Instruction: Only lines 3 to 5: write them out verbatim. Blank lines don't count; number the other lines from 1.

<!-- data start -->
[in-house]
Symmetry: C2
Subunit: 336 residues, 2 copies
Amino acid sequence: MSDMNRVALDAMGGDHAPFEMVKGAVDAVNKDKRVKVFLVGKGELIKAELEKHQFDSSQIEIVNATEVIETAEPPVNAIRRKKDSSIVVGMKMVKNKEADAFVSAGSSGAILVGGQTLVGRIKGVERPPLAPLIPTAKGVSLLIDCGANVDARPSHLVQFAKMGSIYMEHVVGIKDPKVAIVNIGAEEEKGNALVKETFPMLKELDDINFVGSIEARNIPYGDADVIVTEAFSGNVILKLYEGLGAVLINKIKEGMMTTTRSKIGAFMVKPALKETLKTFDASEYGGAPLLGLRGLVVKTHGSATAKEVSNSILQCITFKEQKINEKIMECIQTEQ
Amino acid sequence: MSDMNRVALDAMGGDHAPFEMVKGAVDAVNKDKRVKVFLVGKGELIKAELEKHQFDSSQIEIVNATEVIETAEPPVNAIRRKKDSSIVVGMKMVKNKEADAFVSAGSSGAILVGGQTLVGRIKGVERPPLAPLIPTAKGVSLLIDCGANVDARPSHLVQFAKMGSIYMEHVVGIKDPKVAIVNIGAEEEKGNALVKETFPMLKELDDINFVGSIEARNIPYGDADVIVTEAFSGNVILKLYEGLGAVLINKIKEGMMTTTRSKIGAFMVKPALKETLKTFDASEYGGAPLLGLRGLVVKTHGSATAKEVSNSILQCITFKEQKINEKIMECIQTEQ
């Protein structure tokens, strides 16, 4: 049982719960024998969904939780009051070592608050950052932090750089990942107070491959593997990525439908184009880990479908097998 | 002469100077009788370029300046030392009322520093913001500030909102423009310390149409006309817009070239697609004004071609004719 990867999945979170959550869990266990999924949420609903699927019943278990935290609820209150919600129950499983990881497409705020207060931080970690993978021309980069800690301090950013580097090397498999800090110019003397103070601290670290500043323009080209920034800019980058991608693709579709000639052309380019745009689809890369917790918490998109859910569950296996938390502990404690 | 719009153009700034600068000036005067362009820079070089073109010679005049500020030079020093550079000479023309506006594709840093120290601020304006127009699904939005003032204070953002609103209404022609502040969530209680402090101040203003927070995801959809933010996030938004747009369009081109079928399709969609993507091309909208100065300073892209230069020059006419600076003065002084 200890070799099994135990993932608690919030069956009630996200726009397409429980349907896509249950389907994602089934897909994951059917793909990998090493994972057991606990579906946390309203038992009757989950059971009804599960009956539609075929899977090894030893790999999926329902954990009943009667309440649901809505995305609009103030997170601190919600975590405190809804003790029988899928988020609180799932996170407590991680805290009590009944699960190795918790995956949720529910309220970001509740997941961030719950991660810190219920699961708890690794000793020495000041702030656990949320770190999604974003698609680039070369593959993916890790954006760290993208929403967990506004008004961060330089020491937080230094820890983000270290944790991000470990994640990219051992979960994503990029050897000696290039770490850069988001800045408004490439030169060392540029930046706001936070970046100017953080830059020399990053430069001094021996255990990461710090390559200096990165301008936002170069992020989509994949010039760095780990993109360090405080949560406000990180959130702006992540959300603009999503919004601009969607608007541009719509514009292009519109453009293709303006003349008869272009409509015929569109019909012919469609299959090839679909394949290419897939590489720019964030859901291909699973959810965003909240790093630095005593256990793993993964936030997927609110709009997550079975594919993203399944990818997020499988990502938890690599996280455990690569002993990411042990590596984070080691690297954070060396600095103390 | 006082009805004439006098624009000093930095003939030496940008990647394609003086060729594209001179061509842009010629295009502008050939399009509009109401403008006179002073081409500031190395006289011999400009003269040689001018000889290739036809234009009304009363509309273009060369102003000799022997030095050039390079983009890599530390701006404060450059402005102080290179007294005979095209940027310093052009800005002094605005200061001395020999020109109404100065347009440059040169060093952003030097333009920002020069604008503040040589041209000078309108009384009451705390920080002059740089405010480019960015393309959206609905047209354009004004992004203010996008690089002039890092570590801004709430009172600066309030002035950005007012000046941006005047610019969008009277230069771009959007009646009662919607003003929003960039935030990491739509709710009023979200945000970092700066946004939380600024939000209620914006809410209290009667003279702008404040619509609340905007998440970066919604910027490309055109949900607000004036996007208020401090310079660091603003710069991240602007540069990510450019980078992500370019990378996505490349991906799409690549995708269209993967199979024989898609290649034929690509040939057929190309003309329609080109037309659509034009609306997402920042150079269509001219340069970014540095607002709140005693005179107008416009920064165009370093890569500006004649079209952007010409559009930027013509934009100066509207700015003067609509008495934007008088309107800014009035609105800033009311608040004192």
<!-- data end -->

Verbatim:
Subunit: 336 residues, 2 copies
Amino acid sequence: MSDMNRVALDAMGGDHAPFEMVKGAVDAVNKDKRVKVFLVGKGELIKAELEKHQFDSSQIEIVNATEVIETAEPPVNAIRRKKDSSIVVGMKMVKNKEADAFVSAGSSGAILVGGQTLVGRIKGVERPPLAPLIPTAKGVSLLIDCGANVDARPSHLVQFAKMGSIYMEHVVGIKDPKVAIVNIGAEEEKGNALVKETFPMLKELDDINFVGSIEARNIPYGDADVIVTEAFSGNVILKLYEGLGAVLINKIKEGMMTTTRSKIGAFMVKPALKETLKTFDASEYGGAPLLGLRGLVVKTHGSATAKEVSNSILQCITFKEQKINEKIMECIQTEQ
Amino acid sequence: MSDMNRVALDAMGGDHAPFEMVKGAVDAVNKDKRVKVFLVGKGELIKAELEKHQFDSSQIEIVNATEVIETAEPPVNAIRRKKDSSIVVGMKMVKNKEADAFVSAGSSGAILVGGQTLVGRIKGVERPPLAPLIPTAKGVSLLIDCGANVDARPSHLVQFAKMGSIYMEHVVGIKDPKVAIVNIGAEEEKGNALVKETFPMLKELDDINFVGSIEARNIPYGDADVIVTEAFSGNVILKLYEGLGAVLINKIKEGMMTTTRSKIGAFMVKPALKETLKTFDASEYGGAPLLGLRGLVVKTHGSATAKEVSNSILQCITFKEQKINEKIMECIQTEQ